Cat Tales

E-Cigarettes and Cats

With the increasing popularity of electronic cigarettes, commonly called E-cigs, comes an increased risk of toxicity to cats whose owners use them.

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Marketed as smoke-free substitutes for traditional cigarettes, they’re shaped like a long cigarette, battery operated, and filled with a replaceable cartridge of E-liquid that contains a mixture of ingredients such as nicotine, flavorings, glycerin and propylene glycol. An atomizer heats the liquid, turning it into a vapor that is then inhaled while creating a cloud that resembles cigarette smoke (a practice colloquially referred to as “vaping”). 

Although their safety for humans hasn’t yet been determined, each E-cigarette cartridge contains 6 to 24 mg of nicotine, the equivalent of one to two regular cigarettes, while their enhanced flavoring and aroma make them highly attractive to cats. 

The dangers of ingesting E-liquids include gastrointestinal obstruction and nicotine toxicity, while chewing on the sharp plastic can cause oral trauma. According to petpoisonhelpline.com, “the ingestion of a single cartridge can result in clinical signs and potentially death for a dog less than 10 pounds.” The same level of toxicity would also apply to a cat. 

While many cats will vomit naturally after ingesting E-liquids, the signs of toxicity are dose-dependent and usually begin within 15 minutes to one hour of ingestion. When large amounts are consumed, the effects can be life threatening, but even small amounts can induce symptoms. Without treatment, nicotine toxicity can cause paralysis of the breathing muscles and cats may die, sometimes within hours.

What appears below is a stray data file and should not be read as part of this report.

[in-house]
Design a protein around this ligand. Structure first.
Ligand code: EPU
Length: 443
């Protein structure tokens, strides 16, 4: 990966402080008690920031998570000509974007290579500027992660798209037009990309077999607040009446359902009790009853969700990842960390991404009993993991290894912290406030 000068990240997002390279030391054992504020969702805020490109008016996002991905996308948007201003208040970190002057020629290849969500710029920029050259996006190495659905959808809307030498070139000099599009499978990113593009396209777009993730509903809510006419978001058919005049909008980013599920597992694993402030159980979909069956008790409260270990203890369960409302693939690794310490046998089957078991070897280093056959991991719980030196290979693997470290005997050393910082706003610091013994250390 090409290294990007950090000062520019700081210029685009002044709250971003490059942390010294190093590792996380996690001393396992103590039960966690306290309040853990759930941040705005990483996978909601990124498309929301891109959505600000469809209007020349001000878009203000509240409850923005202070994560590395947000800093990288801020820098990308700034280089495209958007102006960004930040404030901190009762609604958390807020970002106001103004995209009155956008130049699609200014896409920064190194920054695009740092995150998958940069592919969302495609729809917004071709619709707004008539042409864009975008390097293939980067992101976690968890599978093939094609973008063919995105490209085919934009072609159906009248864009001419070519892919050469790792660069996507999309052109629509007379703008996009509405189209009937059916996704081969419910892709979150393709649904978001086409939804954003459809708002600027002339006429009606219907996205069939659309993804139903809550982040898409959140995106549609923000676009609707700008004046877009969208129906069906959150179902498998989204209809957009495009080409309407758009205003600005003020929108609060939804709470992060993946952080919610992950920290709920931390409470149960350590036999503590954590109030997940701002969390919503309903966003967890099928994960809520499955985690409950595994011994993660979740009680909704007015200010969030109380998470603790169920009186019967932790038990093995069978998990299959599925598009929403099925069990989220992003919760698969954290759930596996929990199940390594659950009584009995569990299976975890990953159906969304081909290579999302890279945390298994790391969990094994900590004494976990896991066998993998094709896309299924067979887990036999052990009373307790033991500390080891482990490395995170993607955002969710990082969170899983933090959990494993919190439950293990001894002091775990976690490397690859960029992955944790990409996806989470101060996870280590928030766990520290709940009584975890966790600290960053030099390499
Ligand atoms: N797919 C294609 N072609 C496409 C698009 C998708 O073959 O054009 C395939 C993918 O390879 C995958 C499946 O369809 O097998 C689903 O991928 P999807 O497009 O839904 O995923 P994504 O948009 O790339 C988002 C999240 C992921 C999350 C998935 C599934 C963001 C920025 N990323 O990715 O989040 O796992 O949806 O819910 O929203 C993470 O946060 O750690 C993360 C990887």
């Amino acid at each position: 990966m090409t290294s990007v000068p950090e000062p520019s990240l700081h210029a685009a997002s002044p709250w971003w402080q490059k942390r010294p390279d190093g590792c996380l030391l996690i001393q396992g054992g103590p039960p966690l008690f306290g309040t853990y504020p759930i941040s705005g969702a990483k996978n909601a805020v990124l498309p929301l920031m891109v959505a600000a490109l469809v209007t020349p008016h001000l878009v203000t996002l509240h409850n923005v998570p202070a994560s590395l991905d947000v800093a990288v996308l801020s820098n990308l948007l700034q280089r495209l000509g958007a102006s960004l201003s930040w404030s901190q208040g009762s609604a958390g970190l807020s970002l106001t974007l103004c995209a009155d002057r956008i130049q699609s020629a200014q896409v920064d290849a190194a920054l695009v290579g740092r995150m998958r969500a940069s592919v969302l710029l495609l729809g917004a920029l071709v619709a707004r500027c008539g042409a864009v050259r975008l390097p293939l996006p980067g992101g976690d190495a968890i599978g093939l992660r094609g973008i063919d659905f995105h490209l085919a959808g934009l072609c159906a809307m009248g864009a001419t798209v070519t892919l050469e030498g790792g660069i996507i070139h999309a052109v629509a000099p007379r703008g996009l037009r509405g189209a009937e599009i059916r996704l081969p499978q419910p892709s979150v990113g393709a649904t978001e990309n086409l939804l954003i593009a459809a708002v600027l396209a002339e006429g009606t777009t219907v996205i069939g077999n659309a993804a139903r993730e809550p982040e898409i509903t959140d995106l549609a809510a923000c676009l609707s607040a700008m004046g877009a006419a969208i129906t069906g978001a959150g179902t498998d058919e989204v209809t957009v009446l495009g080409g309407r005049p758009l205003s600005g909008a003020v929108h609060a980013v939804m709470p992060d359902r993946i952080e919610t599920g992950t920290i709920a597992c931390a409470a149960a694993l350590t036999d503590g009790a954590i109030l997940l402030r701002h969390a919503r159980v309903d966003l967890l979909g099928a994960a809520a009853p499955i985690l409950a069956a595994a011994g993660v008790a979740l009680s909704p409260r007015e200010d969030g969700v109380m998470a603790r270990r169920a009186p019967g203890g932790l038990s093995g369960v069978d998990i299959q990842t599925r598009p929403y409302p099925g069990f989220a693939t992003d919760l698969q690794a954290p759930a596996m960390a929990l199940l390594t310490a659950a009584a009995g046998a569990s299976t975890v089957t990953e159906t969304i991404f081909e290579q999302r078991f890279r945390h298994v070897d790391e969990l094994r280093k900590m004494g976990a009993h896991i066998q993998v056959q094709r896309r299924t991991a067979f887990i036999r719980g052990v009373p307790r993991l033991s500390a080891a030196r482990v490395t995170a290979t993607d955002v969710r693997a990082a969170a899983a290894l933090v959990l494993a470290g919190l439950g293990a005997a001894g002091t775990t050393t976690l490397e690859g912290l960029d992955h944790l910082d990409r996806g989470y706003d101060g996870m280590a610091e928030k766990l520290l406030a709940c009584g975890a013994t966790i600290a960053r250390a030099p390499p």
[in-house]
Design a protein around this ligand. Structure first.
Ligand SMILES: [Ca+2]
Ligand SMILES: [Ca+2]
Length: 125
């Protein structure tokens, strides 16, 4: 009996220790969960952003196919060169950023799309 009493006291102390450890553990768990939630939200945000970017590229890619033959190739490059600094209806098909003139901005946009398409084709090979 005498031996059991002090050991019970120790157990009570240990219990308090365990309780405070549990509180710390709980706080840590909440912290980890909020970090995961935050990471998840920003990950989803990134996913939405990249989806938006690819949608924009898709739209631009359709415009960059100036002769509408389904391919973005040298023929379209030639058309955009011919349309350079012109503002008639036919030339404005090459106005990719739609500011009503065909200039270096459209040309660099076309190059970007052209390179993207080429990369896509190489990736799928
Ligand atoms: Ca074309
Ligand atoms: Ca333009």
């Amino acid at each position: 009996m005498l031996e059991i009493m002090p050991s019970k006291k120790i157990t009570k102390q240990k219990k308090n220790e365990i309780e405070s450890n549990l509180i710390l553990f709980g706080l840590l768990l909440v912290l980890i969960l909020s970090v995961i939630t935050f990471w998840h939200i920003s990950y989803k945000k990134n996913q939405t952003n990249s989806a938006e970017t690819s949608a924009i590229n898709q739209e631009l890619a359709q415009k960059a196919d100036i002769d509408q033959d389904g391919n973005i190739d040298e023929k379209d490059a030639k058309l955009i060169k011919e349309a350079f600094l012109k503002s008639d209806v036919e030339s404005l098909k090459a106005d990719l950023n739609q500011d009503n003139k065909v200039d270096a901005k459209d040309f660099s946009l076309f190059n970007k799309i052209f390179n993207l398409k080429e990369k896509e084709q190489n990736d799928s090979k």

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If you’re a “vaper”, contact your vet immediately if your cat exhibits any of the following symptoms: tremors, weakness, stumbling and/or loss of coordination, depression, hyperactivity, lethargy, rapid breathing or difficulty breathing, drooling, dilated pupils, diarrhea, seizures, collapse, slow or fast heart rate and/or cardiac arrhythmias.

Of primary importance is reducing the amount of nicotine in her stomach while keeping her alive until her body breaks it down. You may be instructed to induce vomiting if you saw your cat ingest the E-liquid and she’s alert. Do NOT use antacids as the stomach acid helps decrease the absorption of the nicotine. If her exposure was dermal (her paws or fur came in contact with any spilled liquid), bathe her promptly using a mild dishwashing soap.

If however, her symptoms are severe, bring her to your vet or to the nearest emergency clinic where her stomach may be pumped (gastric lavage) and repeated doses of activated charcoal or intravenous fluids used to reduce further nicotine absorption and enhance its elimination. A ventilator may also be used to assist with her breathing until the toxins are cleared from her system. If needed, other supportive care may include oxygen and seizure 

control medications such as diazepam (valium).

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It’s said that an ounce of prevention is worth a pound of cure, and if you’re a pet parent who “vapes”, paw-lease do so responsibly. Besides cartridges, there are also E-juice bottles, and while childproof, your cat’s needle-sharp teeth can pierce the packing. To prevent any mishaps, when not in use, all supplies and accessories MUST be locked safely away and out of reach. It’s also best to “vape” in another room or in one that’s properly ventilated – for your sake as well as hers.

Nomi Berger

Nomi Berger is the bestselling author of seven novels, one work of non-fiction, two volumes of poetry, and hundreds of articles. She is a volunteer writer for Furry Friends in Vancouver, WA and also volunteers her writing skills to animal rescue groups in Canada and the USA. She lives with her adopted Maltese named Mini. For more information about Furry Friends visit www.furryfriendswa.org or contact them at information@furryfriendswa.org or (360) 993-1097

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